What Color is Ombre?
In the wake of the Starbucks red cup brouhaha, I encountered the phrase “red ombre.”
Disclaimer: I can’t help what my eyes light upon as I research these articles.
“Usually adorned with snowflakes and reindeer, this year the cups were given a makeover in a more sleek all red ombre look,” explained Bristol Palin.
This year’s holiday cup design is simplistic: an ombre from bright red to dark cranberry.—CNBC
I’d heard of “burnt umber”: the brown earth pigment burnt/burned to make it redder.
“Red ombre” was a new one on me, so I went straight to my dictionaries.
The relevant entry in the OED is ombré (also spelled ombre). As a noun, ombre is “a fabric woven, dyed, or printed in colour tones graduating from light to dark, usually giving a striped effect.”
Merriam-Webster defines the noun ombre as “an ombré design” or “a fabric with an ombré design.” It defines the adjective as a type of shading “used especially of fabrics with a dyed or woven design in which the color is graduated from light to dark and often into stripes of varying shades of one or more colors.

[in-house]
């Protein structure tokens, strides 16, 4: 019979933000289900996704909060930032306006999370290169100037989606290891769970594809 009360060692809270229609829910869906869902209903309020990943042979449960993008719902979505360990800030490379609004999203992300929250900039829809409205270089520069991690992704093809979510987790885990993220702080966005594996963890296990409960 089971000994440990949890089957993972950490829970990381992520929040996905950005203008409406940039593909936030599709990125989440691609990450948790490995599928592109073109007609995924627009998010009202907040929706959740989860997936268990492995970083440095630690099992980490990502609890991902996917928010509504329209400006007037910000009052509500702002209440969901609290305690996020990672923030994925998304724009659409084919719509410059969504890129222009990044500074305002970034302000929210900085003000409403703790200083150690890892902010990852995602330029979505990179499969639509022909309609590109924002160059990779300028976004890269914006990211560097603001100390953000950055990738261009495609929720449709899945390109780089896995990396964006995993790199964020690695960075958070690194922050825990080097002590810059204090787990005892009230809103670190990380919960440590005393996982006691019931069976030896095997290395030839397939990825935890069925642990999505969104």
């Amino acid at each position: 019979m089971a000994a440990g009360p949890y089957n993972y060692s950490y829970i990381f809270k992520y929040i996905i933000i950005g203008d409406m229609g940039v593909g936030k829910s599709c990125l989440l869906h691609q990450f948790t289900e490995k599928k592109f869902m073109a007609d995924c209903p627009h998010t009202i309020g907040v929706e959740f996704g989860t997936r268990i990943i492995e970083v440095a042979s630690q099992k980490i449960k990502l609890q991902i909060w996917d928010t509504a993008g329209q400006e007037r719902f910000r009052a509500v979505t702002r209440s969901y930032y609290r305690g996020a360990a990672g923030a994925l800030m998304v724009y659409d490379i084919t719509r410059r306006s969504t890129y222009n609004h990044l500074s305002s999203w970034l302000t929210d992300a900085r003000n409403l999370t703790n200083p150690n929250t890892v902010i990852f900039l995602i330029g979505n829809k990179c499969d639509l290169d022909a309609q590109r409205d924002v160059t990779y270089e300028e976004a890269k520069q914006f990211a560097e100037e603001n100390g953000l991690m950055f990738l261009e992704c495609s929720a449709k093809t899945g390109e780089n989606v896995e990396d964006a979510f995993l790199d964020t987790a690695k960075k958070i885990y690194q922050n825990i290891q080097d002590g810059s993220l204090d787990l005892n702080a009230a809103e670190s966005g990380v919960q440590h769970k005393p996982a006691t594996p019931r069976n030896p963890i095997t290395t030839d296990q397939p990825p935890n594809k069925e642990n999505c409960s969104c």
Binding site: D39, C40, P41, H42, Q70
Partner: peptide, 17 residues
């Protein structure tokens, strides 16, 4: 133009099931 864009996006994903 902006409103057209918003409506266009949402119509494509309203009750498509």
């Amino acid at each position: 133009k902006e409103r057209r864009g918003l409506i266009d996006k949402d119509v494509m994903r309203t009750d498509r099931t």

If, as stated in the CNBC account, the cups are not a solid red, but a gradation of “bright red to dark cranberry,” then—even though the color is printed on paper and not on fabric—I can see that the cups may be said to be “red ombre.”
The only red Starbucks cups I’ve seen to date in my part of the country have been solid red. Solid red is not shaded, so I can’t see how “a more sleek all red ombre look” is a possibility.
Happy Holidays, All!
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